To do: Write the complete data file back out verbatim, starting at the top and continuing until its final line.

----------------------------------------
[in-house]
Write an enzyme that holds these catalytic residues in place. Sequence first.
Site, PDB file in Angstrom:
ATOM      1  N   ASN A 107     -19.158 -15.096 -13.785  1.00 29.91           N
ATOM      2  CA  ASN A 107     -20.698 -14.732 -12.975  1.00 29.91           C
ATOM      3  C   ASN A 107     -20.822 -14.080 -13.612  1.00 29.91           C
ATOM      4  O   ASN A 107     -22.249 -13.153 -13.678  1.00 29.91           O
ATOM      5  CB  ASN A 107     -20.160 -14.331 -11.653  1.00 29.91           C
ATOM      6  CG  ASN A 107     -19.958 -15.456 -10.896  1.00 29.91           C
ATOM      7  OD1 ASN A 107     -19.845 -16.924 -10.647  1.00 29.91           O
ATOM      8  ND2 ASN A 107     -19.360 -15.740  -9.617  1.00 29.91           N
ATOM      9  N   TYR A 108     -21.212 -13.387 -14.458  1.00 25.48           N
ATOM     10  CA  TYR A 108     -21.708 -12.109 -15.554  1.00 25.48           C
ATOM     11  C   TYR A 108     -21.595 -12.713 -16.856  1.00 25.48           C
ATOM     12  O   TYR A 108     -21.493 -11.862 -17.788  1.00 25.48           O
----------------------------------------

[in-house]
Write an enzyme that holds these catalytic residues in place. Sequence first.
Site, PDB file in Angstrom:
ATOM      1  N   ASN A 107     -19.158 -15.096 -13.785  1.00 29.91           N
ATOM      2  CA  ASN A 107     -20.698 -14.732 -12.975  1.00 29.91           C
ATOM      3  C   ASN A 107     -20.822 -14.080 -13.612  1.00 29.91           C
ATOM      4  O   ASN A 107     -22.249 -13.153 -13.678  1.00 29.91           O
ATOM      5  CB  ASN A 107     -20.160 -14.331 -11.653  1.00 29.91           C
ATOM      6  CG  ASN A 107     -19.958 -15.456 -10.896  1.00 29.91           C
ATOM      7  OD1 ASN A 107     -19.845 -16.924 -10.647  1.00 29.91           O
ATOM      8  ND2 ASN A 107     -19.360 -15.740  -9.617  1.00 29.91           N
ATOM      9  N   TYR A 108     -21.212 -13.387 -14.458  1.00 25.48           N
ATOM     10  CA  TYR A 108     -21.708 -12.109 -15.554  1.00 25.48           C
ATOM     11  C   TYR A 108     -21.595 -12.713 -16.856  1.00 25.48           C
ATOM     12  O   TYR A 108     -21.493 -11.862 -17.788  1.00 25.48           O